Independent Dating
and  

By clicking 'Search' you
are agreeing to our
Terms of Use.

Day In a Page

No postcode? No vote

Floating voters

How living on a houseboat meant I didn't officially 'exist'
Louis Theroux's affable Englishman routine begins to wear thin

By Reason of Insanity

Louis Theroux's affable Englishman routine begins to wear thin
Power dressing is back – but no shoulderpads!

Power dressing is back

But banish all thoughts of Eighties shoulderpads
Spanish stone-age cave paintings 'under threat' after being re-opened to the public

Spanish stone-age cave paintings in Altamira 'under threat'

Caves were re-opened to the public
'I was the bookies’ favourite to be first to leave the Cabinet'

Vince Cable interview

'I was the bookies’ favourite to be first to leave the Cabinet'
Election 2015: How many of the Government's coalition agreement promises have been kept?

Promises, promises

But how many coalition agreement pledges have been kept?
The Gaza fisherman who built his own reef - and was shot dead there by an Israeli gunboat

The death of a Gaza fisherman

He built his own reef, and was fatally shot there by an Israeli gunboat
Saudi Arabia's airstrikes in Yemen are fuelling the Gulf's fire

Saudi airstrikes are fuelling the Gulf's fire

Arab intervention in Yemen risks entrenching Sunni-Shia divide and handing a victory to Isis, says Patrick Cockburn
Zayn Malik's departure from One Direction shows the perils of fame in the age of social media

The only direction Zayn could go

We wince at the anguish of One Direction's fans, but Malik's departure shows the perils of fame in the age of social media
Young Magician of the Year 2015: Meet the schoolgirl from Newcastle who has her heart set on being the competition's first female winner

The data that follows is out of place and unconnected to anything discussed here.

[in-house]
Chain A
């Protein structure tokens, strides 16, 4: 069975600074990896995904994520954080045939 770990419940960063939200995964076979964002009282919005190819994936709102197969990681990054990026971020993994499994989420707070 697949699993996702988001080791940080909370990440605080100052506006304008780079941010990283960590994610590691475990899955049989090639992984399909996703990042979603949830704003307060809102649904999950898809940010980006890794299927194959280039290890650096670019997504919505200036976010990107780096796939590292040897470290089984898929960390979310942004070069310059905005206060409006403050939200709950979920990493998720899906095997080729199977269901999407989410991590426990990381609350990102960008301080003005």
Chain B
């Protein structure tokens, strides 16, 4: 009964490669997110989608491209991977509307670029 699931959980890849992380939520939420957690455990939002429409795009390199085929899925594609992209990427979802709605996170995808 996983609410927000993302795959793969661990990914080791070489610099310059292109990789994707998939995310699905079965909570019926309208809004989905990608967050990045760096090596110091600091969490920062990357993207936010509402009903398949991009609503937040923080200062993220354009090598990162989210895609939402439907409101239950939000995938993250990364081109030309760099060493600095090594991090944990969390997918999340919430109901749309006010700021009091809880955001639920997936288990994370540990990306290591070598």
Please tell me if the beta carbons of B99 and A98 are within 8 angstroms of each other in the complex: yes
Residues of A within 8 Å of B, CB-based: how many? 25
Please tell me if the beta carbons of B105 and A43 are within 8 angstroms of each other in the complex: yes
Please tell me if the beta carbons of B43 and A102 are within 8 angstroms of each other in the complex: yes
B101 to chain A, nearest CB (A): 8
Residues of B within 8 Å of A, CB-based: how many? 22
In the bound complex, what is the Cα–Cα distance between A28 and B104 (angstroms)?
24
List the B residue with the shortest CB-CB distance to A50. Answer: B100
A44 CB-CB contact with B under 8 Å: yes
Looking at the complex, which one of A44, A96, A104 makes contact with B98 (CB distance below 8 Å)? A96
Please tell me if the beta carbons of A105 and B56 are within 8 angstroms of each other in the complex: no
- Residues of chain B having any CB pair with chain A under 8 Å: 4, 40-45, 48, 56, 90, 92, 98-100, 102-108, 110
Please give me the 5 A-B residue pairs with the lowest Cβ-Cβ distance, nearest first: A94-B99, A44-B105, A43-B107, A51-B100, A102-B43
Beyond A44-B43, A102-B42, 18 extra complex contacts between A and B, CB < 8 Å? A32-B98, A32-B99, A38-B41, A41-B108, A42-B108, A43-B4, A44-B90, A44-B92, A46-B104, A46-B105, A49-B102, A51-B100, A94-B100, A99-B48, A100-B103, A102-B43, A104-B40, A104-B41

Spells like teen spirit

A 16-year-old from Newcastle has set her heart on being the first female to win Young Magician of the Year. Jonathan Owen meets her
Jonathan Anderson: If fashion is a cycle, this young man knows just how to ride it

If fashion is a cycle, this young man knows just how to ride it

British designer Jonathan Anderson is putting his stamp on venerable house Loewe
Number plates scheme could provide a licence to offend in the land of the free

Licence to offend in the land of the free

Cash-strapped states have hit on a way of making money out of drivers that may be in collision with the First Amendment, says Rupert Cornwell
From farm to fork: Meet the Cornish fishermen, vegetable-growers and butchers causing a stir in London's top restaurants

From farm to fork in Cornwall

One man is bringing together Cornwall's most accomplished growers, fishermen and butchers with London's best chefs to put the finest, freshest produce on the plates of some of the country’s best restaurants
Robert Parker interview: The world's top wine critic on tasting 10,000 bottles a year, absurd drinking notes and New World wannabes

Robert Parker interview

The world's top wine critic on tasting 10,000 bottles a year, absurd drinking notes and New World wannabes
Don't believe the stereotype - or should you?

Don't believe the stereotype - or should you?

We exaggerate regional traits and turn them into jokes - and those on the receiving end are in on it too, says DJ Taylor